The US based TV Channel of ABC News has published a detailed report on the famous Saudi surgeon Abdullah bin Abdulaziz Al Rabeeah, who spent part of his life in the surgery to separate conjoined twins, one of the most complex surgeries in the world.
The ABC report said that Al Rabeeah had performed 48 separations for twins’ surgeries, noting that no surgeon has performed this number of surgeries.
Over the past 30 years, Abdullah Al Rabeeah, a pediatric surgeon and advisor to the Saudi Royal Court, has led a program to separate conjoined twins born to poor families from around the world.
In November, he successfully completed the 48th surgery on conjoined twins, Ahmed and Mohamed, from Libya, according to the Saudi channel of Al-Arabyia.
(Al Rabeeah Twins Separation Program), located at the King Abdullah Specialist Hospital for Children in Riyadh, receives much of its funding from Islamic and royal charities, according to ABC report.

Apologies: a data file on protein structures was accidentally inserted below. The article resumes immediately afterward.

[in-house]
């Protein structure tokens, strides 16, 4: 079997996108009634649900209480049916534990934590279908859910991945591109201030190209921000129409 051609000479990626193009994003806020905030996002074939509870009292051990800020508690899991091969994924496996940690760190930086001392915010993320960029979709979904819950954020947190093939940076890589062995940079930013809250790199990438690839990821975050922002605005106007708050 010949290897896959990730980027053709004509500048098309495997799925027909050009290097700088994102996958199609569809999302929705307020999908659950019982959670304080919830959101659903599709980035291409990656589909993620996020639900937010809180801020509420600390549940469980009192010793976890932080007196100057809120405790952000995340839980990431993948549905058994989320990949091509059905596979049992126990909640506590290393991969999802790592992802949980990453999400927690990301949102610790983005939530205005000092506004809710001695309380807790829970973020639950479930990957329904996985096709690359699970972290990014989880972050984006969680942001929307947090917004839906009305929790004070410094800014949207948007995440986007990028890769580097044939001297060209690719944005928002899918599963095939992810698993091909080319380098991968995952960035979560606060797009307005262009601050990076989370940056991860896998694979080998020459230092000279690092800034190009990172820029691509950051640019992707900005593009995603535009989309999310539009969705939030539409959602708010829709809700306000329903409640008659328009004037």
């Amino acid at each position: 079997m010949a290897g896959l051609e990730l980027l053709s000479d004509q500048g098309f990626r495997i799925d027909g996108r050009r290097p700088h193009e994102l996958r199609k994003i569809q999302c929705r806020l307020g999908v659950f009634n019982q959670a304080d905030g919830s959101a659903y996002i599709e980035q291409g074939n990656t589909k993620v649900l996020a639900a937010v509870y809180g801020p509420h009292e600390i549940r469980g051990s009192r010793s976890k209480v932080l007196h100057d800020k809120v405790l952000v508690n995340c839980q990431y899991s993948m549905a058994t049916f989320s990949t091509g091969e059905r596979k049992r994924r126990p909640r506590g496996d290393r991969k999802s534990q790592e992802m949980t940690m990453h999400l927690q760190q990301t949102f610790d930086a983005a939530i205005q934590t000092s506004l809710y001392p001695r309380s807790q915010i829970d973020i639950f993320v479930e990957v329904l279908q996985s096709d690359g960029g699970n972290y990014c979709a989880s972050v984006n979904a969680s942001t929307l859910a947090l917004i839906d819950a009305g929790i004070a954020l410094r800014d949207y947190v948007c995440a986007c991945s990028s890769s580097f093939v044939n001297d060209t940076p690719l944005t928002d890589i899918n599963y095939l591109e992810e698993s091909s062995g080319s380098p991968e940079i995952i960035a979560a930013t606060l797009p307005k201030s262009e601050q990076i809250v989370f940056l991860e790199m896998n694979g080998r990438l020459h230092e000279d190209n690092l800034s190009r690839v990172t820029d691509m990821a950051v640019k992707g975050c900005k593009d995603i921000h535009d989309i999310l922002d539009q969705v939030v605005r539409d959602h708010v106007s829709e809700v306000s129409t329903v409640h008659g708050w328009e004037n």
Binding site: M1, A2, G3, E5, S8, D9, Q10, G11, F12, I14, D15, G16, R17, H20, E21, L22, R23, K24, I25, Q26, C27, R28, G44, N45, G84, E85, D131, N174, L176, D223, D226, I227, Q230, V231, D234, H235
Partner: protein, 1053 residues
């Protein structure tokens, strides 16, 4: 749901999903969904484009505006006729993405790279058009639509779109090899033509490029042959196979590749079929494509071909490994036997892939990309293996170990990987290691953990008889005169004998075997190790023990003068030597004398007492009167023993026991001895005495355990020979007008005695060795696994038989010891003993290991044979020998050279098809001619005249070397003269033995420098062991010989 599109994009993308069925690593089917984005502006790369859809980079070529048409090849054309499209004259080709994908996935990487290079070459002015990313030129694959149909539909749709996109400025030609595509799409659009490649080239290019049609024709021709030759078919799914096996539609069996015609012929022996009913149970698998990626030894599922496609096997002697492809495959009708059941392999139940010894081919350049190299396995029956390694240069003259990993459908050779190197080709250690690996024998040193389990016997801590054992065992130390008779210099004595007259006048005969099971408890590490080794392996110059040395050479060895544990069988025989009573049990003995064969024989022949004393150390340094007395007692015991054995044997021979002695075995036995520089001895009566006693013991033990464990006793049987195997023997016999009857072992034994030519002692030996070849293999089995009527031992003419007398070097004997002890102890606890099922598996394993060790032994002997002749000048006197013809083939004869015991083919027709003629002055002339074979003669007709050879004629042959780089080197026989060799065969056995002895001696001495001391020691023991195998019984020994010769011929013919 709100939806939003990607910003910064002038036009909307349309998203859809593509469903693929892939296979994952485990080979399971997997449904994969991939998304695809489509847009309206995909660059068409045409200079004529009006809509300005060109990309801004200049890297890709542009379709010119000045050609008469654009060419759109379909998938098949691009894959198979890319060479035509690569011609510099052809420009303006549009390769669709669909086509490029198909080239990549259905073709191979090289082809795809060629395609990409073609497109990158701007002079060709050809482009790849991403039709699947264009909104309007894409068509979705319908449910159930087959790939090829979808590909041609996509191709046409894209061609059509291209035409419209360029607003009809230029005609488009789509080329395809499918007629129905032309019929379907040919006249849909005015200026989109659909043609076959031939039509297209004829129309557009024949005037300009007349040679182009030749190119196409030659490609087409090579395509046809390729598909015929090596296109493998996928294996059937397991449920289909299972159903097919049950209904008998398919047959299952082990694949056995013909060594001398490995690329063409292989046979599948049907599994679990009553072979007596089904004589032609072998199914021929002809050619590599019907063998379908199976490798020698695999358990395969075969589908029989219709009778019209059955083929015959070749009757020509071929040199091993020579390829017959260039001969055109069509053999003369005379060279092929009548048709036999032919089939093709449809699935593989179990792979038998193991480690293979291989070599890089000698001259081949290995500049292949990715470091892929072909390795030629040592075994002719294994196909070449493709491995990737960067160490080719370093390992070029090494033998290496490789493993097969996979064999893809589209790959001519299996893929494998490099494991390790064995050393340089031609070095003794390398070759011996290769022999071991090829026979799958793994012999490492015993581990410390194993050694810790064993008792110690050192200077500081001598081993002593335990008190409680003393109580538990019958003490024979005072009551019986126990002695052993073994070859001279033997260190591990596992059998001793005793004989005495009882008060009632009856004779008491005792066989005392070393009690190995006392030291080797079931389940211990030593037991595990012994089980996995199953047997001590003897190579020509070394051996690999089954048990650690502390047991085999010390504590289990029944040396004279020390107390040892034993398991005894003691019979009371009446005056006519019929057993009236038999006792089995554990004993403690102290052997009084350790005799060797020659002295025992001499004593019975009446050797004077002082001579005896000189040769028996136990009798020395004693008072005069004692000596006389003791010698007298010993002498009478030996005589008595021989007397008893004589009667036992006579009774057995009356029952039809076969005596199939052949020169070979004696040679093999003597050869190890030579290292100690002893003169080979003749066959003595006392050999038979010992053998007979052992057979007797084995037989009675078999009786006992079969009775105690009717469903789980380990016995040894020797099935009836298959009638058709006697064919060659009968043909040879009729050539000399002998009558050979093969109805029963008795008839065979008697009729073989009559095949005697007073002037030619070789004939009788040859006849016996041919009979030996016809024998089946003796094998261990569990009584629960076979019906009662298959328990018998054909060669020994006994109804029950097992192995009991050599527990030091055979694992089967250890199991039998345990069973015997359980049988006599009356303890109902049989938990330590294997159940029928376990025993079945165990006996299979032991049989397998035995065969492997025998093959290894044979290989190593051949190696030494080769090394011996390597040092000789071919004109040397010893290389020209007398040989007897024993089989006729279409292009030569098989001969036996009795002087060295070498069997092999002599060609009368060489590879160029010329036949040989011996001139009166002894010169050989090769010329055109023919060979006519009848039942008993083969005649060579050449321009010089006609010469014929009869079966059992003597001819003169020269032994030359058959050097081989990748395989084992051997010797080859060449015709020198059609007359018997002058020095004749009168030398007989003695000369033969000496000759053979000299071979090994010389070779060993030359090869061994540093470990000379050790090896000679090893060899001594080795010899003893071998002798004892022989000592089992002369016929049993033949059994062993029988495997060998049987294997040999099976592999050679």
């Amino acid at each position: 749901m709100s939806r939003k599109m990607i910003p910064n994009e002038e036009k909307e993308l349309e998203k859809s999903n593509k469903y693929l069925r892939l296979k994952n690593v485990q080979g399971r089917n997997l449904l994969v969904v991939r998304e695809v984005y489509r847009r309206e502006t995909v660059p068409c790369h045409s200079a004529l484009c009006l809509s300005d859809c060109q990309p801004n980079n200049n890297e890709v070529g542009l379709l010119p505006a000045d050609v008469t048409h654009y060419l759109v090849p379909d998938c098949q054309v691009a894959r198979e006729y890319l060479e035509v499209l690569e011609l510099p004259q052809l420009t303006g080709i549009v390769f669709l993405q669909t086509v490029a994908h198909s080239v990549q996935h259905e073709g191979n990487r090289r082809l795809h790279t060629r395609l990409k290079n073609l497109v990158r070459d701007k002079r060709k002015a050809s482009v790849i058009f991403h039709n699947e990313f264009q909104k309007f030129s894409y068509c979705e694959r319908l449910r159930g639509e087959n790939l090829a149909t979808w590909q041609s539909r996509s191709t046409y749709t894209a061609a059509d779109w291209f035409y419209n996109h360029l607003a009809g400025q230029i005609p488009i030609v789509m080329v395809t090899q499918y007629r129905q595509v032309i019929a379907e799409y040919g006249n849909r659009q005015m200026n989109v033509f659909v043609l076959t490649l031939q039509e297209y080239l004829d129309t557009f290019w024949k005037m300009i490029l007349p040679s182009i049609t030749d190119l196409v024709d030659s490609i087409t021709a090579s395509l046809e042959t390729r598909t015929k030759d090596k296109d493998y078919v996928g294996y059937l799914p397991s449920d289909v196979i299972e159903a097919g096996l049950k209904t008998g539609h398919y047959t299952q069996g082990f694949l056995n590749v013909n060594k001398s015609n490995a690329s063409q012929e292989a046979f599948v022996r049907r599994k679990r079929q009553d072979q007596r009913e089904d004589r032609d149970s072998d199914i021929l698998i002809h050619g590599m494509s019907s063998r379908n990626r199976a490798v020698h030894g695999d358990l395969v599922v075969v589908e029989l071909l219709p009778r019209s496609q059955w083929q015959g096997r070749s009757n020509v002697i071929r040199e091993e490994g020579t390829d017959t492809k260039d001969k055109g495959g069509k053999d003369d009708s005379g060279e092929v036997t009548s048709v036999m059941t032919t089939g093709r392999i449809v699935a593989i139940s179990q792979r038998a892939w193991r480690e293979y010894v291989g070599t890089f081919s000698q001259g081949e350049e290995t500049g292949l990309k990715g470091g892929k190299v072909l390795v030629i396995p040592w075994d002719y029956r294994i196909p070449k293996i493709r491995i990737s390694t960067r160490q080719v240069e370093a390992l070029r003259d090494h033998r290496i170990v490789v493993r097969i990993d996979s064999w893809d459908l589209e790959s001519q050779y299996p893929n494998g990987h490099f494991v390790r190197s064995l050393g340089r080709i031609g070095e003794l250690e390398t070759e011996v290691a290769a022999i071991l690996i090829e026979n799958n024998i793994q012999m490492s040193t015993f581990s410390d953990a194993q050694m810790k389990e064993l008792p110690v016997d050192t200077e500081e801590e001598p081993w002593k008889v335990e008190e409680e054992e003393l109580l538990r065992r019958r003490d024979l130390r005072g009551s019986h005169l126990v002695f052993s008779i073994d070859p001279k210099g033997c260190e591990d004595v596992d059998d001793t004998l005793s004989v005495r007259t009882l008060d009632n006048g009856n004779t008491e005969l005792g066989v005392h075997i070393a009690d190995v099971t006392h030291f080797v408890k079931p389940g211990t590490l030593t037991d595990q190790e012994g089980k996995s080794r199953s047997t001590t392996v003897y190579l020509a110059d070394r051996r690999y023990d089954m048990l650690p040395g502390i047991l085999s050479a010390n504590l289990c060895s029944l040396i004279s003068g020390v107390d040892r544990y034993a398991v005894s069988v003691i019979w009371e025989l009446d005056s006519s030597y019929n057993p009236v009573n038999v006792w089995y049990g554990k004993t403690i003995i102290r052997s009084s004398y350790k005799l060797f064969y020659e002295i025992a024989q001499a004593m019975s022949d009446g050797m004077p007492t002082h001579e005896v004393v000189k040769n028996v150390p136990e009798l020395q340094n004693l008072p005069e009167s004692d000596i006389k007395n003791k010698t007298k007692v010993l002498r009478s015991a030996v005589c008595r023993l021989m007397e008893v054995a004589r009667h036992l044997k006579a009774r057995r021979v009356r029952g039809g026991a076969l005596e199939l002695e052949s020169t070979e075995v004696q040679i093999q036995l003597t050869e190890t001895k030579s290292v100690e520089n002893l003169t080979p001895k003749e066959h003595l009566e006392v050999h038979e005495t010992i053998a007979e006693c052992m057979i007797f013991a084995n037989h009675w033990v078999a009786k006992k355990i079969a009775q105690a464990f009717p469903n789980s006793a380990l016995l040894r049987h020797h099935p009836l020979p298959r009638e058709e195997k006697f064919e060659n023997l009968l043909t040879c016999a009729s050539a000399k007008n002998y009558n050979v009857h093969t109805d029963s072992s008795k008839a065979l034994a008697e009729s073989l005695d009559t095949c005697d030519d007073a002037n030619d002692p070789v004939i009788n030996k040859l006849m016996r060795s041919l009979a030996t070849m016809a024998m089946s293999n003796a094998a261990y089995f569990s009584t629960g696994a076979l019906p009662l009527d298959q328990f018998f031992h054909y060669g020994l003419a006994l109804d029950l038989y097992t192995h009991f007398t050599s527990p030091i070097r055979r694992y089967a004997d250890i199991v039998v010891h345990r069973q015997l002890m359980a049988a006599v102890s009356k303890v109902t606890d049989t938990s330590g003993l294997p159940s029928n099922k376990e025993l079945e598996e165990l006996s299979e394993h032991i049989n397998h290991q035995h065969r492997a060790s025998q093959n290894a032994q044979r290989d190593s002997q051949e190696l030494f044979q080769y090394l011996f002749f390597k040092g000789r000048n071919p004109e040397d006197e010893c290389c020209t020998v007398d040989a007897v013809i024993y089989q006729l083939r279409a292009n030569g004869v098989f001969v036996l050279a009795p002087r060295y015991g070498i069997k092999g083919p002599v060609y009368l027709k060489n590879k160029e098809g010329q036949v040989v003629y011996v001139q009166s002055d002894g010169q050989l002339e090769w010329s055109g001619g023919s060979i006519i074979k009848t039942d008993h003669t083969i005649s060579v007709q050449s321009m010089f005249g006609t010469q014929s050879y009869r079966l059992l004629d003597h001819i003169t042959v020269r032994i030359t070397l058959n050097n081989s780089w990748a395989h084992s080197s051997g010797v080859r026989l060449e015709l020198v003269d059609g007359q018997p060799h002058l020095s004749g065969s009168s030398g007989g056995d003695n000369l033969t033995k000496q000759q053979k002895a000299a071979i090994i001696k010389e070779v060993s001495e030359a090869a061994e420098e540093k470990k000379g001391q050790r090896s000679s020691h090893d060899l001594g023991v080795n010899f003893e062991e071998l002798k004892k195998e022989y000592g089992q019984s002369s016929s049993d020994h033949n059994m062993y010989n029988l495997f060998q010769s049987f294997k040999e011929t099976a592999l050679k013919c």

The report added that each twin separation surgery is receiving approval from Saudi King Salman and Crown Prince Mohammed bin Salman.
”We are paying for travel and other expenses,” Al Rabeeah told ABC News, noting that the program is receiving patients from 21 countries.
“These surgeries have nothing to do with geography, religion or politics. They are based on science and humanity” he asserted.
Al Rabeeah conducted his first twins’ separation surgery in the early 1990s and his practice grew, he held positions within the Saudi government, serving as Minister of Health and Director of the King Salman Center for Relief and Humanitarian Relief, according to the report.
As his public services increased, he still had time for his medical program for conjoined twins.
“”Even when I was minister of health, I continued to have surgery because I believe that even if you do this over the weekend, it is something that can help people ” he said.
He said his program had separated nearly 100 patients, and 90 of them were still living by 2019
The report notes that conjoined twins are rare, according to researchers from the University of Minnesota, this phenomenon exists only in about 1 in 200,000 births, it is high in Southeast Asia and Africa, where the rate is 1 out of 25,000.